Government response to consultation on Reforming the Mental Health Act (MHA)


Proposed reforms in White paper with government response to consultation


  1. New guiding principles up front in the Act

Principles will be taken forward


  1. Change criteria for detention under sections 2 and 3 and for use of Community Treatment Order (CTO), but not for Part III detained patients, so that detention and CTO (a) must provide a therapeutic benefit and (b) can take place only if there is a substantial likelihood of significant harm

Considerations raised will be borne in mind as draft Bill developed


  1. More frequent Mental Health Tribunals (MHTs), although some differences for Part III cases

Proposals will be taken forward to increase the frequency of automatic referrals to the Tribunal and ensure that detentions are more regularly scrutinised


  1. Remove automatic referral to Tribunal after CTO revoked

Will need to be carefully implemented to ensure that a patient’s ability to challenge detention is not negatively impacted


  1. Power for MHTs to grant leave, transfers and community services as well as discharge, including making recommendations for restricted patients which Justice Secretary must consider

Issues highlighted will need to be worked through


  1. Removal of the role of hospital managers

Will be considered further


  1. Advance Choice Documents (ACDs) must be taken into account by services and be offered to all people who have previously been detained.

Work with stakeholders to establish what contents are critical to ensuring ACDs effectively inform patients’ care and treatment and how to align advance choice decision making under MHA with Mental Capacity Act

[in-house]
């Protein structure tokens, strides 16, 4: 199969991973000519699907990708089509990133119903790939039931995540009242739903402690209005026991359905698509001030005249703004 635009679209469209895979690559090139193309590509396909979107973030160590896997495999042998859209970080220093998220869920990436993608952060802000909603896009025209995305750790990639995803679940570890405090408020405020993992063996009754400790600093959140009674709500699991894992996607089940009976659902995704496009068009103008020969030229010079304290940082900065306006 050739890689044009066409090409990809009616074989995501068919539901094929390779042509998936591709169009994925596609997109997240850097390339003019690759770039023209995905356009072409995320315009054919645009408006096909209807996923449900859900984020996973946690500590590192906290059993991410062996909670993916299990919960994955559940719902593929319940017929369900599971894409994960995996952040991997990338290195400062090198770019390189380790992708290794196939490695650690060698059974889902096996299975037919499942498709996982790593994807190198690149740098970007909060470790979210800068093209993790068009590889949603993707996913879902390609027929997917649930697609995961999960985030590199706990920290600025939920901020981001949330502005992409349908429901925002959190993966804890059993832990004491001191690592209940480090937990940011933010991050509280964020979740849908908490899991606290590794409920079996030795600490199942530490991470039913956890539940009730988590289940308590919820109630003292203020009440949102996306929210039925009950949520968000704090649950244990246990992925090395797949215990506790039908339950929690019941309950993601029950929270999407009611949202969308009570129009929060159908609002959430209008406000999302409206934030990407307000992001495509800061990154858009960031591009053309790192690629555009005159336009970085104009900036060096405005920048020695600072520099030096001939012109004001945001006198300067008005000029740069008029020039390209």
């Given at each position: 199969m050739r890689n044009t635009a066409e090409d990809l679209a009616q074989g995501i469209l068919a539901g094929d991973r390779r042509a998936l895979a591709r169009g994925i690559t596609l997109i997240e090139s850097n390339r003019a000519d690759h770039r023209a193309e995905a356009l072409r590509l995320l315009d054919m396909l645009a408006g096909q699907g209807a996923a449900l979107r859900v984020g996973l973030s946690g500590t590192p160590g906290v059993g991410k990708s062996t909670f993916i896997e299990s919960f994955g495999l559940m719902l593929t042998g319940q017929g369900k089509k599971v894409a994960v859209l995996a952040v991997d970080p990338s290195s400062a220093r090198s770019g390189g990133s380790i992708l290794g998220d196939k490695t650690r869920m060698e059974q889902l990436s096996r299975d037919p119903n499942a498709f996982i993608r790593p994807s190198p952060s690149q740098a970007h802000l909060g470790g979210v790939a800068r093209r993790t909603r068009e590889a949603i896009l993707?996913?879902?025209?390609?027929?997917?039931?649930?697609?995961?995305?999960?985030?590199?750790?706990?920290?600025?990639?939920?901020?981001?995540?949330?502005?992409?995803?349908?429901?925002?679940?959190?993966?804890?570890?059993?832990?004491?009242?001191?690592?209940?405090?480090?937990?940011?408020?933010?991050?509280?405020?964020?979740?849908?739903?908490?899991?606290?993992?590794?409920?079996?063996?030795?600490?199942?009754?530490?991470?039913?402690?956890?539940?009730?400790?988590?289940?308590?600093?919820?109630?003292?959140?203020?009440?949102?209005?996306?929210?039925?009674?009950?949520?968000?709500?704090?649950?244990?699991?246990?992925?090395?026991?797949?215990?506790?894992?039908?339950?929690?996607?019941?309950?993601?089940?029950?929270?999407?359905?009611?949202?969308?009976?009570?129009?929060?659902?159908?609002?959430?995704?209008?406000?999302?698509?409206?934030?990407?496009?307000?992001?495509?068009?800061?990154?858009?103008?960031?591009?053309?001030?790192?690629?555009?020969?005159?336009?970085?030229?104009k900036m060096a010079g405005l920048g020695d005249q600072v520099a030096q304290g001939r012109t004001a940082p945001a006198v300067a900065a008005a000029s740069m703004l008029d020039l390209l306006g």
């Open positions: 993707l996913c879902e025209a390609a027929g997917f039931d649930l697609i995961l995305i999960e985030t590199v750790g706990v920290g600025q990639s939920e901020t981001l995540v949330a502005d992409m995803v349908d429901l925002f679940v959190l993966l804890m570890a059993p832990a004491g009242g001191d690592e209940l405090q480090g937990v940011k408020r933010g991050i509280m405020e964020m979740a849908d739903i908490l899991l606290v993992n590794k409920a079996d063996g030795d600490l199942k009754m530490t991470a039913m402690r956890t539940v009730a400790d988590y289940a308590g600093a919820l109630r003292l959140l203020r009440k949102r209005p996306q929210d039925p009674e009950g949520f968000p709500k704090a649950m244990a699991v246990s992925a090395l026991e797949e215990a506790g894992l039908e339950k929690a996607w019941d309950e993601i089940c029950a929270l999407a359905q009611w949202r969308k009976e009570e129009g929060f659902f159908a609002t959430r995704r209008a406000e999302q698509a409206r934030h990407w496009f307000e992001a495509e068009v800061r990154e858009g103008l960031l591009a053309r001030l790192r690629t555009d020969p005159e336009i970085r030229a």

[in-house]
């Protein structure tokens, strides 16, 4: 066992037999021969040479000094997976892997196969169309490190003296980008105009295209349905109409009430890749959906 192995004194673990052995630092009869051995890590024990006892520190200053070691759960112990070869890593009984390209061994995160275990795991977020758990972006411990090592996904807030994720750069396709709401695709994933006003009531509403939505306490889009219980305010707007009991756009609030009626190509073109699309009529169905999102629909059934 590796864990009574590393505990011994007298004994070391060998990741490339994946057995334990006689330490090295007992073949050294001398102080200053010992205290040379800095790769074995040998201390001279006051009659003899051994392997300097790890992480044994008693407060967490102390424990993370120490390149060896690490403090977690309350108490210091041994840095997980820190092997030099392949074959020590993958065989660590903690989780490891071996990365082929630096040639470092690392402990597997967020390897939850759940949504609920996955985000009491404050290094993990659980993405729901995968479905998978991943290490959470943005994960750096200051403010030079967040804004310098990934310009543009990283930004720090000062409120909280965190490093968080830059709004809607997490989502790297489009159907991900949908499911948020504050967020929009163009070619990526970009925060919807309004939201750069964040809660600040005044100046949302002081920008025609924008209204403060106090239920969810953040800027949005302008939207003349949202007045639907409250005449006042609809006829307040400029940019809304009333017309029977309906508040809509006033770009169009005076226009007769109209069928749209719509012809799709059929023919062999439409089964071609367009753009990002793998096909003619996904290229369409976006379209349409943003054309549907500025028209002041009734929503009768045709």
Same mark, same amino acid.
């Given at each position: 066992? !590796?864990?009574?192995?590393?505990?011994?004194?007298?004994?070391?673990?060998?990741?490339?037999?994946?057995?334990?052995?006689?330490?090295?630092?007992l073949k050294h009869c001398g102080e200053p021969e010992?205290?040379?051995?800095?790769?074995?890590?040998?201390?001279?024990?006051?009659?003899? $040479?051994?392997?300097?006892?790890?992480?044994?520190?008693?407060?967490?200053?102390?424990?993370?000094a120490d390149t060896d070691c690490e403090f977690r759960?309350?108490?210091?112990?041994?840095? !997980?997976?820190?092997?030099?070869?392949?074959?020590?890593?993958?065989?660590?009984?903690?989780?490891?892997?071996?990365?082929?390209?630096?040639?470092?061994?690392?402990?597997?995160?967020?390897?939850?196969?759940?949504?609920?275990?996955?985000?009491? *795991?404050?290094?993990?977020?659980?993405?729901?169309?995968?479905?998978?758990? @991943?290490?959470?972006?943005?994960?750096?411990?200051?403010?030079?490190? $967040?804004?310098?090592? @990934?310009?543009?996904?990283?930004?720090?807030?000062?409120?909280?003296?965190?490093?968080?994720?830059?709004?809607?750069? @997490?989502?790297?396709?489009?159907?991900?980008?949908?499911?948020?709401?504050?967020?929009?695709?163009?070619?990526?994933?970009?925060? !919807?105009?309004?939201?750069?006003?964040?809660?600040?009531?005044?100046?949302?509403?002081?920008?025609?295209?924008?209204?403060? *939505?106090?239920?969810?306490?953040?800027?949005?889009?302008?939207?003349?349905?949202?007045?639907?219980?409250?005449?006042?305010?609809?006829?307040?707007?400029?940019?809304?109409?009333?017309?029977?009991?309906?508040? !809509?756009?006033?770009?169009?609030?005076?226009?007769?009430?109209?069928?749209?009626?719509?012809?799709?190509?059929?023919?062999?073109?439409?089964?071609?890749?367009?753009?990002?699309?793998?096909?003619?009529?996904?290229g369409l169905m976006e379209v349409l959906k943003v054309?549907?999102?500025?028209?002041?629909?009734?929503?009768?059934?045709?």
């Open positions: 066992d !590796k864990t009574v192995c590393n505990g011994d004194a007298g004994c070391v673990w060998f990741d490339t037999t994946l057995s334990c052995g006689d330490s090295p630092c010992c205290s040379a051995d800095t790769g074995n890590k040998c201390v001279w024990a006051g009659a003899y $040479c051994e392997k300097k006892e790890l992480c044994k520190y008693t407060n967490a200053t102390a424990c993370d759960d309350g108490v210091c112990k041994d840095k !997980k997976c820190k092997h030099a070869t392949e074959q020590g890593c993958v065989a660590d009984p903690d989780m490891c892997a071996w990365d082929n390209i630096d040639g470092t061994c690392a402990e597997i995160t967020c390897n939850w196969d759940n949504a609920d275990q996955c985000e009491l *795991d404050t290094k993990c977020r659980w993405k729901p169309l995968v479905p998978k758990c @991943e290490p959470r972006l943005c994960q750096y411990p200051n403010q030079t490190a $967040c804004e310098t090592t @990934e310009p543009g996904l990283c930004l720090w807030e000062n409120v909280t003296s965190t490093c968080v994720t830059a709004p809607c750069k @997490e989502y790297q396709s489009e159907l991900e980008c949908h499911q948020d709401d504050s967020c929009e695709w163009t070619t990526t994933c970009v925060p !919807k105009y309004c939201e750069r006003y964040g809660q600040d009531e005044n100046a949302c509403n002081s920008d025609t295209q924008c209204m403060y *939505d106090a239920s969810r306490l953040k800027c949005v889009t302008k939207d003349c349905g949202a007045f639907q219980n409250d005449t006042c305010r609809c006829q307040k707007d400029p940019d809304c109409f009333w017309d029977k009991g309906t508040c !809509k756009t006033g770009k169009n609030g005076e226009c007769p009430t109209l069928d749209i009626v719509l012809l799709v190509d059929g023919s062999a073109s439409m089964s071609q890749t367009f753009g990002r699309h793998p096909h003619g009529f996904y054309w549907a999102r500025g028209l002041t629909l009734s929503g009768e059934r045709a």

1. Detailed Care and Treatment Reviews (CTRs), and Care, Education and Treatment Reviews (CETRs) for children, young, autistic and learning disabled people, to be put on a statutory footing and must be in place by day 7 of detention and signed off by clinical/medical director by day 14 and become living documents to be amended and reviewed. Responsible Clinician (RC) should incorporate recommendations from any CETR panel.

Seek to ensure that new statutory Plan takes into account existing requirements around care planning, that it encourages joint working, and that there is flexibility regarding the contents of the Plan so that it is truly patient led. Will work with stakeholders to review the proposed timelines and governance structure to ensure that any statutory requirements placed on staff are aimed at facilitating a culture of high quality, co-produced care and treatment planning for all patients detained under the Act, including people with a learning disability and autistic people


  1. Patients refusing their medication treatment must have it certified by second opinion approved doctor (SOAD) at day 14, and by 2 months if they do not have relevant capacity, rather than 3 months

Not consulted